CANFIELD, Ohio (WKBN) – For more than 50 years, the Canfield community celebrated Independence Day with a big parade until last year when the pandemic canceled just about everything.
This year, however, things are getting back to normal again, and thousands lined up along Broad Street and the Village Green to see the bands, fire trucks and marching units.
Hours before the parade got underway, people started gathering with their lawn chairs and blankets. At the Canfield Fairgrounds, those taking part in the parade started lining up.
Dan Gibboney, of the local Argus Lodge, said the COVID-19 pandemic not only canceled last year’s parade, but it also kept his group from even getting together.
“We weren’t even sure if the parade was going to happen this year. It’s been a rough year. We’re finally emerging out from under it and, hopefully, it continues on,” Gibboney said.
The same was true for local youth groups like 4-H.
“Our goal is to represent all the youth organizations, especially 4-H and so just being in the parade, people are able to see us, and we’re able to see them because we really missed them,” said Sarah DeLucia, of New Middletown.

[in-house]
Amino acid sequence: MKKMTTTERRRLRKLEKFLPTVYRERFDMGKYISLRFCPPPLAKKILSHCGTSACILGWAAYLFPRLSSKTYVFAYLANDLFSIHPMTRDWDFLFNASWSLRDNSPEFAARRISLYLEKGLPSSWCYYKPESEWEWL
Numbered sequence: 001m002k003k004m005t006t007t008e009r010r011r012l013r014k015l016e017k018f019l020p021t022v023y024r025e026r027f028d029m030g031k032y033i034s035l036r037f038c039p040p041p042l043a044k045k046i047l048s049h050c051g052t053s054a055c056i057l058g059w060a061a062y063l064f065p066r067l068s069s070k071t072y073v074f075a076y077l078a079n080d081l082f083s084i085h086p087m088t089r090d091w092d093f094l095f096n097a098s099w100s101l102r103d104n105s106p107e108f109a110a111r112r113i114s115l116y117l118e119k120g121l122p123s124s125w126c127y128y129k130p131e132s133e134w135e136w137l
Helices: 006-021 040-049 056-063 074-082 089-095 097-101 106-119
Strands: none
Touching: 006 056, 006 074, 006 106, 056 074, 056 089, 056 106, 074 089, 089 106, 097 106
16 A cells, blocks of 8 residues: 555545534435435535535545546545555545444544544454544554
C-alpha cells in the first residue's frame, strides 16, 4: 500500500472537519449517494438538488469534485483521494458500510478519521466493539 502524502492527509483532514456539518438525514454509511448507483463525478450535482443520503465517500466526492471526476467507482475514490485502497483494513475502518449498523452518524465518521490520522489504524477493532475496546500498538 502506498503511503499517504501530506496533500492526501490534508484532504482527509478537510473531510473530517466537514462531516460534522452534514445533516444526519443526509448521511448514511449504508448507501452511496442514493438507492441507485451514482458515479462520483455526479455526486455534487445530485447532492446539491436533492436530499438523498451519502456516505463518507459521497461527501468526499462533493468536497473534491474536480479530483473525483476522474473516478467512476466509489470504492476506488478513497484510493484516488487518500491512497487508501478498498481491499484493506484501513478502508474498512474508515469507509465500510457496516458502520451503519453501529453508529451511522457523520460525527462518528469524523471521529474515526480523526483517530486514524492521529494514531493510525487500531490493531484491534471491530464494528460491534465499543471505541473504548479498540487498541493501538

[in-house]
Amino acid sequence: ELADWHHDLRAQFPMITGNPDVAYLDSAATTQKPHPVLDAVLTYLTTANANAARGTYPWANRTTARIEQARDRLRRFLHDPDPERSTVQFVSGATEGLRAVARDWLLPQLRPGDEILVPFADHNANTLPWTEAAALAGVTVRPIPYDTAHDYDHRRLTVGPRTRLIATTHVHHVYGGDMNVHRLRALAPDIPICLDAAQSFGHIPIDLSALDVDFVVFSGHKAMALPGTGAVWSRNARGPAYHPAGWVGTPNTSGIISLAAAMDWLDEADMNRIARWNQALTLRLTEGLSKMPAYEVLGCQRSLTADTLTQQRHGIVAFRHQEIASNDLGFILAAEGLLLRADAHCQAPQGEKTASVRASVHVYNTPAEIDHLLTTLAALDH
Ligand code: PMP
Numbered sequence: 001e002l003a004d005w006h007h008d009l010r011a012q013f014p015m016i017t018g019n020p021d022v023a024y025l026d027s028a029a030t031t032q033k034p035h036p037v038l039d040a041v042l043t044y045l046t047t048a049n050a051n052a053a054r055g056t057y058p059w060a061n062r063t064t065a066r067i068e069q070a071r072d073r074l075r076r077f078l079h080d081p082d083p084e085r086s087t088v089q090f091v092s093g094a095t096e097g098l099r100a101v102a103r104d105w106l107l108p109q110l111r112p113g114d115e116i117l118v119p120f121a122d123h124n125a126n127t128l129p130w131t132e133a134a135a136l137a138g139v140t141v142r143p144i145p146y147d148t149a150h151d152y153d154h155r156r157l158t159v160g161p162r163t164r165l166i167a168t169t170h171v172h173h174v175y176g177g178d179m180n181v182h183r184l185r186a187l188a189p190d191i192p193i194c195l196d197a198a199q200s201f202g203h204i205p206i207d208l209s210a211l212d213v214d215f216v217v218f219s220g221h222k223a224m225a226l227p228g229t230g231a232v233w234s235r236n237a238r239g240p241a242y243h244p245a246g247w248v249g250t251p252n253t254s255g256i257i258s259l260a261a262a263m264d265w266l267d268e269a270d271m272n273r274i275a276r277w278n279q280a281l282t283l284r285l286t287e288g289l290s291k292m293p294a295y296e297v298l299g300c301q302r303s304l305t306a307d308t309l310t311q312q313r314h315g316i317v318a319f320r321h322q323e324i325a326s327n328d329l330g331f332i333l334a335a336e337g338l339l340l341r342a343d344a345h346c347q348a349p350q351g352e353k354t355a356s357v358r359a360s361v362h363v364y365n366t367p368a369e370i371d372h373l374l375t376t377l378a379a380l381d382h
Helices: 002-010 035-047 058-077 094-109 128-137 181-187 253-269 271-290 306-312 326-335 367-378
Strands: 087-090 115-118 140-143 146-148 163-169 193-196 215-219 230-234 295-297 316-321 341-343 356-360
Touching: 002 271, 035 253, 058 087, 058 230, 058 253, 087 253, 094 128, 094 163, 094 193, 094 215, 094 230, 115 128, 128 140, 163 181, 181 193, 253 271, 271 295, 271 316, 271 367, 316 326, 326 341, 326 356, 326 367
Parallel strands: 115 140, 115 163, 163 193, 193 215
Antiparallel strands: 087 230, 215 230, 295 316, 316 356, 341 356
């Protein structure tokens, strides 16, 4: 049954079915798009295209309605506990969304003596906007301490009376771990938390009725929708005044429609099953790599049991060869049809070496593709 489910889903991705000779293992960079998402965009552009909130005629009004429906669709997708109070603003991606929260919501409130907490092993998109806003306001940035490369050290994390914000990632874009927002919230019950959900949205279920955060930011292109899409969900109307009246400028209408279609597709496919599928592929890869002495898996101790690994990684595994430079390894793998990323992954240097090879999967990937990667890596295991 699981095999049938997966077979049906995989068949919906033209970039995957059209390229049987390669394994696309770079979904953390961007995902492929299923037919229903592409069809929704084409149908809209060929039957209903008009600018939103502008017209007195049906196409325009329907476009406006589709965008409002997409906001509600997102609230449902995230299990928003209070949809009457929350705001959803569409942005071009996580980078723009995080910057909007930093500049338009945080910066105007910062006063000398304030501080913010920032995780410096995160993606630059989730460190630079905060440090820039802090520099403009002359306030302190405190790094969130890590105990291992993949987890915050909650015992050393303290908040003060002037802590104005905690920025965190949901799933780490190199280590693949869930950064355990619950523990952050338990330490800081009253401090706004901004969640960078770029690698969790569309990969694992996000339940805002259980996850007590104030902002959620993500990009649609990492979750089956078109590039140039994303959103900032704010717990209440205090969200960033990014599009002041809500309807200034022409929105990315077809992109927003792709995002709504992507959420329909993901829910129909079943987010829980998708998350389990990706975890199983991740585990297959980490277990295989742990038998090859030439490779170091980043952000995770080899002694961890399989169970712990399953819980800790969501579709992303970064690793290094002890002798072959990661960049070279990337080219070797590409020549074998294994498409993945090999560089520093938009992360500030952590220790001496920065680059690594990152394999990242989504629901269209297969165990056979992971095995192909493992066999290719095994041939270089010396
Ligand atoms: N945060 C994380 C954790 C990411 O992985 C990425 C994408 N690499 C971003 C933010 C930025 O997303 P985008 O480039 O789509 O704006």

“We can be with our friends and family and spend time with each other and not have to worry. We can focus on the little things again,” said Jacob Corll, of Berlin Center.
By the time the first units came into view, thousands lined both sides of the Village Green, including 99-year-old Jim Duffett.
“I tell ya, today looks like the biggest crowd I can remember seeing,” he said.
As disappointing as last year’s cancellation was for members of the small committee that puts all this on each year, seeing all the people return, sitting and standing right next to one another was just as heartwarming.
“It is just very freeing to be able to come down to the Green and see people you know and get back into normalcy that you really missed last year,” said Clare Neff, a spokesperson for the Canfield Parade Committee.
A normalcy everyone hopes will last.
The Canfield Fourth of July Parade has a tradition of being held on Monday when July 4 falls on a Sunday. It’s to accommodate the churches in town.